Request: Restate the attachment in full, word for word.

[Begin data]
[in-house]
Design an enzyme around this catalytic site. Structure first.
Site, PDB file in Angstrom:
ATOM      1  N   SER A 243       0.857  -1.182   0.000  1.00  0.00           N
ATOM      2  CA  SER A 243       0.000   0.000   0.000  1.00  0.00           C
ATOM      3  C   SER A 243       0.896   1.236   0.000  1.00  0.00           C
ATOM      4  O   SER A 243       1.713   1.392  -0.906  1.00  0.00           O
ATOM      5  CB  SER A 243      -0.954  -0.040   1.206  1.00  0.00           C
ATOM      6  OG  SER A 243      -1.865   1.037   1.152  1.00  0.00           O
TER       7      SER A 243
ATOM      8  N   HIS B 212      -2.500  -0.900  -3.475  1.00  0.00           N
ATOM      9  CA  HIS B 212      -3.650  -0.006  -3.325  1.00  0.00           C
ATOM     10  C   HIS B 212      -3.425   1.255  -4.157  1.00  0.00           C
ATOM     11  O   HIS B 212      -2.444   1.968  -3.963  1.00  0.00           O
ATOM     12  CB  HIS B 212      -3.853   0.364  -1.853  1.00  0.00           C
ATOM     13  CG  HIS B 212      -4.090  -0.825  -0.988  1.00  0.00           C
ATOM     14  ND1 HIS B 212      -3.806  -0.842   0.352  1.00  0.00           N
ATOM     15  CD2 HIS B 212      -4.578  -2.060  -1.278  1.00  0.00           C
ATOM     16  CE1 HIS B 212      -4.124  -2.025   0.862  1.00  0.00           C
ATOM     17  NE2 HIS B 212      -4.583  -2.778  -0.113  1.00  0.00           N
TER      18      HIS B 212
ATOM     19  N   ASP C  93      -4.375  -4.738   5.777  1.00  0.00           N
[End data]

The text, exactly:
[in-house]
Design an enzyme around this catalytic site. Structure first.
Site, PDB file in Angstrom:
ATOM      1  N   SER A 243       0.857  -1.182   0.000  1.00  0.00           N
ATOM      2  CA  SER A 243       0.000   0.000   0.000  1.00  0.00           C
ATOM      3  C   SER A 243       0.896   1.236   0.000  1.00  0.00           C
ATOM      4  O   SER A 243       1.713   1.392  -0.906  1.00  0.00           O
ATOM      5  CB  SER A 243      -0.954  -0.040   1.206  1.00  0.00           C
ATOM      6  OG  SER A 243      -1.865   1.037   1.152  1.00  0.00           O
TER       7      SER A 243
ATOM      8  N   HIS B 212      -2.500  -0.900  -3.475  1.00  0.00           N
ATOM      9  CA  HIS B 212      -3.650  -0.006  -3.325  1.00  0.00           C
ATOM     10  C   HIS B 212      -3.425   1.255  -4.157  1.00  0.00           C
ATOM     11  O   HIS B 212      -2.444   1.968  -3.963  1.00  0.00           O
ATOM     12  CB  HIS B 212      -3.853   0.364  -1.853  1.00  0.00           C
ATOM     13  CG  HIS B 212      -4.090  -0.825  -0.988  1.00  0.00           C
ATOM     14  ND1 HIS B 212      -3.806  -0.842   0.352  1.00  0.00           N
ATOM     15  CD2 HIS B 212      -4.578  -2.060  -1.278  1.00  0.00           C
ATOM     16  CE1 HIS B 212      -4.124  -2.025   0.862  1.00  0.00           C
ATOM     17  NE2 HIS B 212      -4.583  -2.778  -0.113  1.00  0.00           N
TER      18      HIS B 212
ATOM     19  N   ASP C  93      -4.375  -4.738   5.777  1.00  0.00           N